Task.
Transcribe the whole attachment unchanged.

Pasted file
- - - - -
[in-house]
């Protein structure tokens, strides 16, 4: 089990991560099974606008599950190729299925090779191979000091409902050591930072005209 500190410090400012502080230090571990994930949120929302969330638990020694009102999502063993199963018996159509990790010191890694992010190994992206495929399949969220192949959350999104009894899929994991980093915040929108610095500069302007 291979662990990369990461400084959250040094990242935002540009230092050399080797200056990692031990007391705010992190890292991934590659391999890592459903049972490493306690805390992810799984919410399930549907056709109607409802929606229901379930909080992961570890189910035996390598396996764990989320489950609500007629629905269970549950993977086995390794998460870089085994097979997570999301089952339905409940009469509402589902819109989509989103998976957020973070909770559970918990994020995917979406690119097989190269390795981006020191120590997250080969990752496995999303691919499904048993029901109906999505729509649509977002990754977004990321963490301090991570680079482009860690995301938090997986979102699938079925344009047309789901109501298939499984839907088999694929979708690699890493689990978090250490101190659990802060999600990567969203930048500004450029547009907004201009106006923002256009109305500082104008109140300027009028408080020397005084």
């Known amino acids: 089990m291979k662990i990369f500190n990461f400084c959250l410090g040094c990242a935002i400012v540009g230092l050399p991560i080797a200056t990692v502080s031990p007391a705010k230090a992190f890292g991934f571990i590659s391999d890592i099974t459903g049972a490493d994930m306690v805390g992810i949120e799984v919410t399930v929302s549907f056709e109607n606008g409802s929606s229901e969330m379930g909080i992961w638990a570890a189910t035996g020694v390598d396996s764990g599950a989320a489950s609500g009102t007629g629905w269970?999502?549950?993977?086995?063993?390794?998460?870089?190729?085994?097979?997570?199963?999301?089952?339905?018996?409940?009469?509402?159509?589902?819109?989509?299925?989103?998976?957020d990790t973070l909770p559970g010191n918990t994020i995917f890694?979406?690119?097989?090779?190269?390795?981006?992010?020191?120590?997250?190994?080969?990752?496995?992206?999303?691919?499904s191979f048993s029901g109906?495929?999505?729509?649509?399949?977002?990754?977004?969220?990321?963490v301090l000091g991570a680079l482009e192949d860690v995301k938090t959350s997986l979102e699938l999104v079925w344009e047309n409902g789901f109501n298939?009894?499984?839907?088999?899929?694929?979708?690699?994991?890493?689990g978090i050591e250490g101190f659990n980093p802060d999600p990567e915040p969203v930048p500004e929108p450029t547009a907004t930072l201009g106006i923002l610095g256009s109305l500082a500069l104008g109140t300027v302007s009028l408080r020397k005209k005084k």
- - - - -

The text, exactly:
[in-house]
């Protein structure tokens, strides 16, 4: 089990991560099974606008599950190729299925090779191979000091409902050591930072005209 500190410090400012502080230090571990994930949120929302969330638990020694009102999502063993199963018996159509990790010191890694992010190994992206495929399949969220192949959350999104009894899929994991980093915040929108610095500069302007 291979662990990369990461400084959250040094990242935002540009230092050399080797200056990692031990007391705010992190890292991934590659391999890592459903049972490493306690805390992810799984919410399930549907056709109607409802929606229901379930909080992961570890189910035996390598396996764990989320489950609500007629629905269970549950993977086995390794998460870089085994097979997570999301089952339905409940009469509402589902819109989509989103998976957020973070909770559970918990994020995917979406690119097989190269390795981006020191120590997250080969990752496995999303691919499904048993029901109906999505729509649509977002990754977004990321963490301090991570680079482009860690995301938090997986979102699938079925344009047309789901109501298939499984839907088999694929979708690699890493689990978090250490101190659990802060999600990567969203930048500004450029547009907004201009106006923002256009109305500082104008109140300027009028408080020397005084």
């Known amino acids: 089990m291979k662990i990369f500190n990461f400084c959250l410090g040094c990242a935002i400012v540009g230092l050399p991560i080797a200056t990692v502080s031990p007391a705010k230090a992190f890292g991934f571990i590659s391999d890592i099974t459903g049972a490493d994930m306690v805390g992810i949120e799984v919410t399930v929302s549907f056709e109607n606008g409802s929606s229901e969330m379930g909080i992961w638990a570890a189910t035996g020694v390598d396996s764990g599950a989320a489950s609500g009102t007629g629905w269970?999502?549950?993977?086995?063993?390794?998460?870089?190729?085994?097979?997570?199963?999301?089952?339905?018996?409940?009469?509402?159509?589902?819109?989509?299925?989103?998976?957020d990790t973070l909770p559970g010191n918990t994020i995917f890694?979406?690119?097989?090779?190269?390795?981006?992010?020191?120590?997250?190994?080969?990752?496995?992206?999303?691919?499904s191979f048993s029901g109906?495929?999505?729509?649509?399949?977002?990754?977004?969220?990321?963490v301090l000091g991570a680079l482009e192949d860690v995301k938090t959350s997986l979102e699938l999104v079925w344009e047309n409902g789901f109501n298939?009894?499984?839907?088999?899929?694929?979708?690699?994991?890493?689990g978090i050591e250490g101190f659990n980093p802060d999600p990567e915040p969203v930048p500004e929108p450029t547009a907004t930072l201009g106006i923002l610095g256009s109305l500082a500069l104008g109140t300027v302007s009028l408080r020397k005209k005084k």